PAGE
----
New Delhi, September 27

Life in parts of India, particularly Haryana, Punjab and western Uttar Pradesh, was disrupted on Monday as a nationwide shutdown against three agri laws got under way with protesters blocking highways and key roads, and squatting on railway tracks in some places.

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The Bharat Bandh, called by the Samyukta Kisan Morcha, an umbrella body of 40 farm unions, marks one year since President Ram Nath Kovind gave his assent to the three controversial laws and 10 months since thousands of farmers set up camp at Delhi’s border points to voice their protest.

The bandh is in effect from 6 am to 4 pm.

Though much of the country was unaffected, commuters in north India felt the pinch with trains being cancelled or delayed and massive traffic snarls that prevented cross-border movement. This particularly impacted the Delhi-NCR region, including the satellite towns of Gurugram, Ghaziabad and Noida, with many thousands crossing borders each day to go to work or study.

Public transport was hit in Kerala where the strike is supported by the ruling LDF and the opposition Congress-led UDF. KSRTC bus services were off the road with almost all trade unions in the state taking part. People who had to travel opted for private modes of transport while others stayed home.

Union leaders, including INTUC state president R Chandrasekharan, had said the shutdown would be peaceful and there would be no blocking of vehicles or forced shutting down of shops.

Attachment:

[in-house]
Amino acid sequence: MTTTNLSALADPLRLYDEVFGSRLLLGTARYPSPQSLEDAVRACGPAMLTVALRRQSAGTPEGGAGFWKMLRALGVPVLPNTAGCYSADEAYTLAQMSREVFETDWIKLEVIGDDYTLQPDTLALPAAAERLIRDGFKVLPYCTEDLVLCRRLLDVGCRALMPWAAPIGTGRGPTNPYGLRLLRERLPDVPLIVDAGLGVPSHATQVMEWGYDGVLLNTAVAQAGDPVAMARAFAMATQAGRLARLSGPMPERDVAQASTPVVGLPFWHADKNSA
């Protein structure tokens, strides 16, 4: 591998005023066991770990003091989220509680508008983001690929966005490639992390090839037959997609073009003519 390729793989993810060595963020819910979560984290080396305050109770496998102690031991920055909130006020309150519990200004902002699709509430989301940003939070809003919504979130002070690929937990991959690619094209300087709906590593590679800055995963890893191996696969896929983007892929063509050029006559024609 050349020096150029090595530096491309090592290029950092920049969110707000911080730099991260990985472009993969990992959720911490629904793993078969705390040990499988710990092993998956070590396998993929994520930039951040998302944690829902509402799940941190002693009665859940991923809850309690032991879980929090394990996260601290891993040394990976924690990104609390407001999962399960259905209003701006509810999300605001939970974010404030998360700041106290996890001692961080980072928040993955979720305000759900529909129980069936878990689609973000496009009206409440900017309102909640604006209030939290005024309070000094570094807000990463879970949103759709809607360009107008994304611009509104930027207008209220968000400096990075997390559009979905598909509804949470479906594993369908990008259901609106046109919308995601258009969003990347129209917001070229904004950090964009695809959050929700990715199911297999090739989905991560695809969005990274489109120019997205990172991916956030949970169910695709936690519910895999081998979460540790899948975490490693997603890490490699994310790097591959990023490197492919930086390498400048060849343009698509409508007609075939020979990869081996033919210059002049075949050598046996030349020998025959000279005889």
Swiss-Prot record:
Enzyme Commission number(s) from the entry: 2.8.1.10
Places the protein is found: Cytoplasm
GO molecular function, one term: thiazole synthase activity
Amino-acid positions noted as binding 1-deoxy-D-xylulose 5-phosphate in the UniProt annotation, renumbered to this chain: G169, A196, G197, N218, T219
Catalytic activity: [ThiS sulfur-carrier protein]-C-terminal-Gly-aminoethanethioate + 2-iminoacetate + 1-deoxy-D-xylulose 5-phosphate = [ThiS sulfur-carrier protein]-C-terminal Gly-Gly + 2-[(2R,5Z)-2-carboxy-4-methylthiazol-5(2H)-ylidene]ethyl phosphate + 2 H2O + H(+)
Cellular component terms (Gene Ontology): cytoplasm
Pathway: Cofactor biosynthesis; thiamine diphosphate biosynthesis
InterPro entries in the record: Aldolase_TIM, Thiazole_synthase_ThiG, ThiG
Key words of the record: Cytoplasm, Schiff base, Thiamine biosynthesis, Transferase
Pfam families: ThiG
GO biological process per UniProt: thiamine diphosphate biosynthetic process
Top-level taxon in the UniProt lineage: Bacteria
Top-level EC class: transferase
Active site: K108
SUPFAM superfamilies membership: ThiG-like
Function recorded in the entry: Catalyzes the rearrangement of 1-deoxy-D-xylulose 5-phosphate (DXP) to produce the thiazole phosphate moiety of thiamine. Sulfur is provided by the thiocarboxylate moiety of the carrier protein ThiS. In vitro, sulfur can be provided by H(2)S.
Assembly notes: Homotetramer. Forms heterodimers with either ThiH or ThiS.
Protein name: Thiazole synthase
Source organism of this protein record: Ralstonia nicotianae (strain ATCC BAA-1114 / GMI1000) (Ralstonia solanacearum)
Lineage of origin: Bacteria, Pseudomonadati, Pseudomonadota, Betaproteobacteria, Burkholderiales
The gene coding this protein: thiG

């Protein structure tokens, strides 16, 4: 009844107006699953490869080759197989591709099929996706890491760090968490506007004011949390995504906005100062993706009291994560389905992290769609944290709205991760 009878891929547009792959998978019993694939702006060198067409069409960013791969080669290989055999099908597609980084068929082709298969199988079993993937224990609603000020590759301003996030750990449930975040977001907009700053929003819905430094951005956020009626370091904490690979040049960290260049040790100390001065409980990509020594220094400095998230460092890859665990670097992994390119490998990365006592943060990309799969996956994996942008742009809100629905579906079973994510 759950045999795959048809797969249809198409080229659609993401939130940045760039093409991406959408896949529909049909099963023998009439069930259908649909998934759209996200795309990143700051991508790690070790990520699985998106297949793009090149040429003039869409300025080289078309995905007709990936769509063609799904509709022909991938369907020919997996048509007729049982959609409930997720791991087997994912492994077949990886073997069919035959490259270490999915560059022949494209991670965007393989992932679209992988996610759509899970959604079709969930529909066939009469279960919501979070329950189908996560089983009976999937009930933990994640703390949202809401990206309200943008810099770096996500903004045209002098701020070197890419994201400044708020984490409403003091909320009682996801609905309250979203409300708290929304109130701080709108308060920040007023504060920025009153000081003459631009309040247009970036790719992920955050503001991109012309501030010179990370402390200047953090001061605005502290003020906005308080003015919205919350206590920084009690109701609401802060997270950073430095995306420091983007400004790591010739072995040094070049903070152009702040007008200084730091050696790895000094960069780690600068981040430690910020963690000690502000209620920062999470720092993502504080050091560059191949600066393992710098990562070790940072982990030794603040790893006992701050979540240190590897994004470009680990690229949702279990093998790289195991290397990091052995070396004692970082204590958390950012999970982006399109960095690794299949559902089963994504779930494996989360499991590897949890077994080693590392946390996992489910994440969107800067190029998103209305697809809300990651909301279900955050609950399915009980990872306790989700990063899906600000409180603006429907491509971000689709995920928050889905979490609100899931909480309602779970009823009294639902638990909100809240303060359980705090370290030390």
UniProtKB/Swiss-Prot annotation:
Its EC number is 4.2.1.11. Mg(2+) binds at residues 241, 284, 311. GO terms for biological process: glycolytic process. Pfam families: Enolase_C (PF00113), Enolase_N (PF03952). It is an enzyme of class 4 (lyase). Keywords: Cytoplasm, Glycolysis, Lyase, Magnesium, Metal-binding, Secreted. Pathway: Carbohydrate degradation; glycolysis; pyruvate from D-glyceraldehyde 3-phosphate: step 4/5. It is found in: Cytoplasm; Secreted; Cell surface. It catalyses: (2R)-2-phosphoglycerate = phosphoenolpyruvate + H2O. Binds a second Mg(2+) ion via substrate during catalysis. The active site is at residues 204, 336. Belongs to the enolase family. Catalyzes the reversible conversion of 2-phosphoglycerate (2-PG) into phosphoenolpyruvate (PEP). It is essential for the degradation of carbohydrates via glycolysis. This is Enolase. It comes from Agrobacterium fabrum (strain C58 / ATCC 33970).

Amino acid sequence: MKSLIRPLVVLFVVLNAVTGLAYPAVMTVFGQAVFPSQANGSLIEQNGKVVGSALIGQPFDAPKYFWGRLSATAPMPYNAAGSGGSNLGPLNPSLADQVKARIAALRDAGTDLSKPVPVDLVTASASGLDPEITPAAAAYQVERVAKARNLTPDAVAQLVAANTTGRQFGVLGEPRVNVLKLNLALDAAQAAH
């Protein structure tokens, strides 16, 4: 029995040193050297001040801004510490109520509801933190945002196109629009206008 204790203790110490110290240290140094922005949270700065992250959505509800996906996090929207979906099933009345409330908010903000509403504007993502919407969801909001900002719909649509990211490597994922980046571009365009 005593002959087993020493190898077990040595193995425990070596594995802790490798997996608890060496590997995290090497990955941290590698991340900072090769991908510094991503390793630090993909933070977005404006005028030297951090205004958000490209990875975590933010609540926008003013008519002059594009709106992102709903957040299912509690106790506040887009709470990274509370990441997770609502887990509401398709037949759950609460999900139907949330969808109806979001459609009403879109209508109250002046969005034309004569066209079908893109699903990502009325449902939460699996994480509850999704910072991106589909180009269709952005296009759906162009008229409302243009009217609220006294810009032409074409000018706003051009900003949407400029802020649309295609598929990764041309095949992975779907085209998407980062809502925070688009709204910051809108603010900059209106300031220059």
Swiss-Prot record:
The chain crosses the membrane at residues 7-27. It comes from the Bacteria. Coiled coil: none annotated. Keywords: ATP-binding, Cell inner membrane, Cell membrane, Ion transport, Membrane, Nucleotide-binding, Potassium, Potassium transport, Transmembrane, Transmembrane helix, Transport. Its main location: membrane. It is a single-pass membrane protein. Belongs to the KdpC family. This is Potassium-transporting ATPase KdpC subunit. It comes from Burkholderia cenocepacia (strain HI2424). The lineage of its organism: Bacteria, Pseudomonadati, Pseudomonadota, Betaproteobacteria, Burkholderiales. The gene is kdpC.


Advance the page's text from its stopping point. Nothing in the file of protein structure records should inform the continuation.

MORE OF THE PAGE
Protests were also seen in West Bengal where the Left Front backed the call for a shutdown. Images from Kolkata showed protesters swarming a section of a railway track. Similar images came in from West Midnapore with Left Front supporters blocking the IIT Kharagpur-Hijri railway line.

In the national capital, autorickshaws and taxis plied normally and shops were open with unions and associations extending only “in-principle support” to the Bharat Bandh called by farmers.

However, there was chaos at the city’s borders, including at Ghazipur in western Uttar Pradesh where farmers blocked the highway to prevent any movement of vehicles. Not far away in Sonepat in Haryana, some farmers squatted on tracks. In nearby Patiala in Punjab, too, members of the BKU-Ugrahan sat on the tracks to register their protest.

Punjab saw a complete shutdown in many places, including Moga, where farmers blocked the Moga-Ferozepur and Moga-Ludhiana national highways. Farmer leaders from Punjab have, in many ways, spearheaded the year-long protest.

Down south, in Karnataka, the shutdown did not have any major impact in the initial few hours with all business and establishments functioning normally and transport services available. However, farmers’ attempts to organise a ‘Rasta Roko’ at major national and state highways led to disruption in vehicular movement in several parts of the state, especially in the capital Bengaluru.

In Guwahati, activists of the Socialist Unity Centre of India took out a protest march.

All emergency establishments and essential services, including hospitals, medical stores, relief and rescue work and people attending to personal emergencies have been exempted from the strike.

Many non-NDA parties have extended support to the nationwide 10-hour strike. These include the Aam Aadmi Party, Samajwadi Party, Telugu Desam Party, Bahujan Samaj Party, Left parties and Swaraj India. The YSR Congress government in Andhra Pradesh has also announced support to the Bharat Bandh.

The SKM on Sunday had appealed for complete peace during the bandh and urged all Indians to join the strike.

“It is a day to express support to the annadatas (farmers) of the country, the ones who keep all Indians alive,” it said in a statement. PTI

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